As for where it’s deployed – and Verizon is closing in on parts of 40 markets with UWB – “we go where the usage is,” she said, which explains the deployment in highly dense urban centers. Verizon also is on track this year to deploy dynamic spectrum sharing (DSS) technology, which will give it nationwide 5G coverage by sharing spectrum with 4G LTE in lower bands. “We’re going to keep building and bring the benefits to customers,” she said.
T-Mobile not reliant on DSS
During his appearance at the same conference a day prior, T-Mobile President of Technology Ray said his competition, especially Verizon, is forced to rely on DSS to bring broad 5G coverage to customers, but DSS also means limited capacity. “Our strategy is to build 5G with free and clear spectrum and utilize DSS as another tool in our toolbox, deploying only where it makes sense,” he said.
T-Mobile started in a completely different place, with low-band spectrum for 5G. “Now everyone is playing catch-up and embracing the layer cake approach that we pioneered,” he said. Millimeter wave has its place, but given the economics and physics, “you don’t build a large-scale 5G network with it. You build 5G with a low-band, broad connectivity layer,” which is what T-Mobile is doing with 600 MHz, where it’s getting peak speeds of 1 Gbps. On top of that is its layer of mid-band 2.5 GHz spectrum.
“I’ve been at T-Mobile for 20 years, and we’ve never had such a strong spectrum position, and now we have the resources we need to fulfill our promise of accelerating the delivery of meaningful 5G,” he added. Thanks to the combination with Sprint, the new T-Mobile controls 319 megahertz of sub-6 GHz low and mid-band spectrum nationwide, which is nearly double that of AT&T and nearly triple that of Verizon. T-Mobile also has more than 1,100 megahertz of mmWave spectrum, which is more than AT&T, he added.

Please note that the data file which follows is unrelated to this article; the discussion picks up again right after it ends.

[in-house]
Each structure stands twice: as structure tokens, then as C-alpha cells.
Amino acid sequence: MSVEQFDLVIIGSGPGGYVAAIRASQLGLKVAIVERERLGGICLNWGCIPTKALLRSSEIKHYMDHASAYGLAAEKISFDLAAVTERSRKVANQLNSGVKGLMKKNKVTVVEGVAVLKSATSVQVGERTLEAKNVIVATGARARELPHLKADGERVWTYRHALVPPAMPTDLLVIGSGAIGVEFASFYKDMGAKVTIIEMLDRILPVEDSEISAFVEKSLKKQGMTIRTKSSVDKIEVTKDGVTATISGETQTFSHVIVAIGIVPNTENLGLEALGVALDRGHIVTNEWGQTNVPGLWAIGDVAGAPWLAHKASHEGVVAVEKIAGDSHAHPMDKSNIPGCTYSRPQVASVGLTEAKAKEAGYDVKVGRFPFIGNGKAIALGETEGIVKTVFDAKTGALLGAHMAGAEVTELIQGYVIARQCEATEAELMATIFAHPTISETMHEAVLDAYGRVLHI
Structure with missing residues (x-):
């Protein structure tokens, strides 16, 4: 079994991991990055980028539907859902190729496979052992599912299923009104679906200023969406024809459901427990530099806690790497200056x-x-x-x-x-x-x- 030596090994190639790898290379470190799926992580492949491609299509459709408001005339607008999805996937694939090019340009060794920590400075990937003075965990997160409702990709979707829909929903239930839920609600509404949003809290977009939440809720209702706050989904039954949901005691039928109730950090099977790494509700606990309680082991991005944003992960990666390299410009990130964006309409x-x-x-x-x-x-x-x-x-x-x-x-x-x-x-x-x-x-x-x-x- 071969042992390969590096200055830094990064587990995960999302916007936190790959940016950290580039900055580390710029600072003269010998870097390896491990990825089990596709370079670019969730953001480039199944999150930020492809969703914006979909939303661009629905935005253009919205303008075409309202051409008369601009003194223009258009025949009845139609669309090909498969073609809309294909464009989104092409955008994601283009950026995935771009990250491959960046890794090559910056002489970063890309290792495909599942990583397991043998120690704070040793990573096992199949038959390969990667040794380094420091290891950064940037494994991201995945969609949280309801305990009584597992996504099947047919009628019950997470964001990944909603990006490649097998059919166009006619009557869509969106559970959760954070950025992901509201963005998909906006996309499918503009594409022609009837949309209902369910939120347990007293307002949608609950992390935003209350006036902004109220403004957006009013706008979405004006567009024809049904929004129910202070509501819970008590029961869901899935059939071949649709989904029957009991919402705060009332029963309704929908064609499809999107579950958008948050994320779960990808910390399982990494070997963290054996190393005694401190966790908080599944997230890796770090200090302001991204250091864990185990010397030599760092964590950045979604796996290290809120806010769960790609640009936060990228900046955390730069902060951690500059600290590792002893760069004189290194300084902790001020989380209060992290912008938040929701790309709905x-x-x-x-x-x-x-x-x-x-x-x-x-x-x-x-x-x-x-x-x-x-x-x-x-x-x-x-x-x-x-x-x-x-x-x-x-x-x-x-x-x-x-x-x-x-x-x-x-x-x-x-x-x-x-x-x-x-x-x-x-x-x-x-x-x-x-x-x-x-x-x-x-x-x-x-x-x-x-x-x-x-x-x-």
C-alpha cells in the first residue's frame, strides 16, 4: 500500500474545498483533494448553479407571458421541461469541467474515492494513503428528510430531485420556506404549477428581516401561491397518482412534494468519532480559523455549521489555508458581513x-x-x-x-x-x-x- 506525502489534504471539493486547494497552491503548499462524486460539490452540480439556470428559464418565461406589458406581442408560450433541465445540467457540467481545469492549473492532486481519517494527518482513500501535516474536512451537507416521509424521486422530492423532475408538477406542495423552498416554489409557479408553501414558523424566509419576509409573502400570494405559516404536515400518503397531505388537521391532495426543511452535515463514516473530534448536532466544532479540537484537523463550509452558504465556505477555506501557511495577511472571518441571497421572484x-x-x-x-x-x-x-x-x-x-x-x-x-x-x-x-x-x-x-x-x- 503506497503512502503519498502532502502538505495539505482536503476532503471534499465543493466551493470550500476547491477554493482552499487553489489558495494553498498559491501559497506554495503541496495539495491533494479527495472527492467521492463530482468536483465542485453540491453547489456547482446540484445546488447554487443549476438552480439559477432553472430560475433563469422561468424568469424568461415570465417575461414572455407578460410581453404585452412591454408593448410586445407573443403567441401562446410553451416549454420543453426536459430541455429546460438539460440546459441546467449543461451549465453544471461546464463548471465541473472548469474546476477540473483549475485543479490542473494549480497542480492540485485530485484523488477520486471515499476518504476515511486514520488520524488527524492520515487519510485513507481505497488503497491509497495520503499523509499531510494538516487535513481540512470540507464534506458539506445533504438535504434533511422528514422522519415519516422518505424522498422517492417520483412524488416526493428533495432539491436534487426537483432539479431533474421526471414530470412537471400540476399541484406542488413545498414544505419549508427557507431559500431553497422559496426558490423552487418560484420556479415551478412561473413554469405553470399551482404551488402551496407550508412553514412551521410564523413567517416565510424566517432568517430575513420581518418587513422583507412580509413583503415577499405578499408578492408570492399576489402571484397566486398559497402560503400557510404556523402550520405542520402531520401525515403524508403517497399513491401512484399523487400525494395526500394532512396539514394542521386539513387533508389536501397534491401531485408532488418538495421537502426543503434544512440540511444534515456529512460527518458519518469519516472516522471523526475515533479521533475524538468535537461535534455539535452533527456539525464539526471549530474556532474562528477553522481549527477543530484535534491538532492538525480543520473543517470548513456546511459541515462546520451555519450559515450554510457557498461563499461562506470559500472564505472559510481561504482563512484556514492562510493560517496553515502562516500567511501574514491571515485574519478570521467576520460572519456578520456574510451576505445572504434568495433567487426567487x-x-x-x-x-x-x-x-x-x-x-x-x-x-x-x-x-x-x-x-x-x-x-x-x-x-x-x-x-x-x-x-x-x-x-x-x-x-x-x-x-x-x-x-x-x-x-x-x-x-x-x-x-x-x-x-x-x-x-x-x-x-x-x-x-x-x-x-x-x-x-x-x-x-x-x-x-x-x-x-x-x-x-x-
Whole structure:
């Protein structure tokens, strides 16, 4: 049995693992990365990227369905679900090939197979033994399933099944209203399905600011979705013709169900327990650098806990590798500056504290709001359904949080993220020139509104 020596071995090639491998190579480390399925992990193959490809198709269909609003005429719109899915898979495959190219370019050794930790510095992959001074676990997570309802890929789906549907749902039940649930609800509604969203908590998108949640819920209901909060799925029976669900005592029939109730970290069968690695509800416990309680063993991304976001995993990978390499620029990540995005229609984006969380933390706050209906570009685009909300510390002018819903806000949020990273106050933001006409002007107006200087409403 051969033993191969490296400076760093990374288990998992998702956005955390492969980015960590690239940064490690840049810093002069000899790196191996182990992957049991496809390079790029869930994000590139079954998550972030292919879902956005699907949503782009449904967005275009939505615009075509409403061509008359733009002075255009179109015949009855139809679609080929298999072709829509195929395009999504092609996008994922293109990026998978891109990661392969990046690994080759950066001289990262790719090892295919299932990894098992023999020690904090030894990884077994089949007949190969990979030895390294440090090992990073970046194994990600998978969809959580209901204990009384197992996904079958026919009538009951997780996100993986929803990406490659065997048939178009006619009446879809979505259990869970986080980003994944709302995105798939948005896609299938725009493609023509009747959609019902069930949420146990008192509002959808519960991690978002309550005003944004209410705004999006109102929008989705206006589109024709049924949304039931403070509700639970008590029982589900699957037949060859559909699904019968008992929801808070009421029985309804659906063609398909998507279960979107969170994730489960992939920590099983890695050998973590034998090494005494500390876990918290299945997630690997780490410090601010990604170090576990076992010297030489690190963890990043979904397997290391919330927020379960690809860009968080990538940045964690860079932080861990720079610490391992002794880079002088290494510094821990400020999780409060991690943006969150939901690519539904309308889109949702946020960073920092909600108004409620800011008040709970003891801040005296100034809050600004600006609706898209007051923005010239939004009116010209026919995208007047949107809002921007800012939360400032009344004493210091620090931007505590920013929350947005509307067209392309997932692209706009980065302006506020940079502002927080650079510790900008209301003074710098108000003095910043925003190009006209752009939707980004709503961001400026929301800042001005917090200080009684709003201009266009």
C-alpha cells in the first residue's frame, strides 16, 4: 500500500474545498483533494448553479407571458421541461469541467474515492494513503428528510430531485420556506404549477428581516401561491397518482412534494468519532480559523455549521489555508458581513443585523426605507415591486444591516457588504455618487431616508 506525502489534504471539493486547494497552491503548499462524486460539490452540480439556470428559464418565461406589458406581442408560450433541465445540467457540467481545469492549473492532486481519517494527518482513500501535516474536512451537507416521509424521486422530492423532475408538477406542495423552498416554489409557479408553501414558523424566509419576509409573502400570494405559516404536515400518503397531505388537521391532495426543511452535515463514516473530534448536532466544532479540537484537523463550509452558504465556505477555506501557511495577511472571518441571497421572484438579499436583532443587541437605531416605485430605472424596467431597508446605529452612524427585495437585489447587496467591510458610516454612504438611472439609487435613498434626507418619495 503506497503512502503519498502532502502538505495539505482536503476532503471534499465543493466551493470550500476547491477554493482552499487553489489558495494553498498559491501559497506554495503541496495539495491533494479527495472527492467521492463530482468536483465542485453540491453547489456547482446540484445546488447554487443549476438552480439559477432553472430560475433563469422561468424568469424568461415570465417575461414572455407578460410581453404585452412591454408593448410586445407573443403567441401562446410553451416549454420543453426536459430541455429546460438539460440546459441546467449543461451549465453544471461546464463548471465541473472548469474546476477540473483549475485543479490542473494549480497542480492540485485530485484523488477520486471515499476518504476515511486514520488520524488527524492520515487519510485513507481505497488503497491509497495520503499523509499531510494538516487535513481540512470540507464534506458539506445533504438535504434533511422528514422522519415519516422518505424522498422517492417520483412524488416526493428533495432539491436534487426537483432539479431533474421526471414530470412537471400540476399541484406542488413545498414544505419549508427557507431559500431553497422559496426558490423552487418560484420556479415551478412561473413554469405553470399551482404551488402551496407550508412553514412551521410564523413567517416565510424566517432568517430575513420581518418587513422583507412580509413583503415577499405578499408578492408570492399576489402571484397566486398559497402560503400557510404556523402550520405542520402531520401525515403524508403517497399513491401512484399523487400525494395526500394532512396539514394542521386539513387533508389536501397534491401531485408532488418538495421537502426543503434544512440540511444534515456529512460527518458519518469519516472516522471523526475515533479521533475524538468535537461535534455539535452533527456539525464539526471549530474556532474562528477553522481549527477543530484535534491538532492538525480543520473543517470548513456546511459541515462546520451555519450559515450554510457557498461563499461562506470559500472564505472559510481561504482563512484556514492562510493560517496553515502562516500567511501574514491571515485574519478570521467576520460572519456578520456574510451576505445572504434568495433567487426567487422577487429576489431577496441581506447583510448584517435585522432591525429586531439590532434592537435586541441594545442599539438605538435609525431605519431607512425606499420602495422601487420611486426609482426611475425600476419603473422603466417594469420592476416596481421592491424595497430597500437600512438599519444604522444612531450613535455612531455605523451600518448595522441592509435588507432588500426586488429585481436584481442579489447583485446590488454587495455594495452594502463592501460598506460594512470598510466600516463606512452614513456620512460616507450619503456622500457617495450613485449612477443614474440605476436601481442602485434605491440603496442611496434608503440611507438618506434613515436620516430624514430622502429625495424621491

T-Mobile already is rolling out 2.5 GHz at a furious pace, lighting up more than 90 cities and towns across the country. By the end of the year customers will find mid-band 5G in thousands of cities and towns, and “we are targeting nationwide mid-band coverage by the end of 2021," Ray said.
Ray didn’t hide his pride in being the first operator to launch a national 5G Standalone (SA) network, which doesn’t rely on LTE in the core. For a lot of the truly generational 5G use cases to come to fruition, it requires a SA core. T-Mobile already is seeing a ton of interest from the developer community, he said.
One of the more exciting areas is wearables, where only 5G can provide the kinds of low latency and throughput to make a difference. That’s opening up industrial use cases in VR/AR as well as consumer applications in gaming and other areas.
Throughout the Covid pandemic, it’s become increasingly clear that many people lack adequate broadband services, many in rural areas. Ray was asked about T-Mobile’s fixed wireless access (FWA) aspirations. That’s an area T-Mobile committed to address through its combination with Sprint – it’s looking at serving more than 10 million households, and he expects early inroads in that in 2021.
As for open Radio Access Network (RAN) initiatives that are embraced by many operators throughout the industry, T-Mobile is supportive but it’s not a major driver right now. Ray said T-Mobile will get to it when the opportunity makes sense.
In the meantime, it’s busy pushing out its 5G network with its mid- and low-band spectrum – and Verizon remains steadfast on its high-band plan. The FCC's quiet period for the C-band auction began this week, so operators are mum on that, but it represents the nearest term opportunity for Verizon to acquire precious mid-band spectrum for 5G at auction. The C-band auction starts December 8.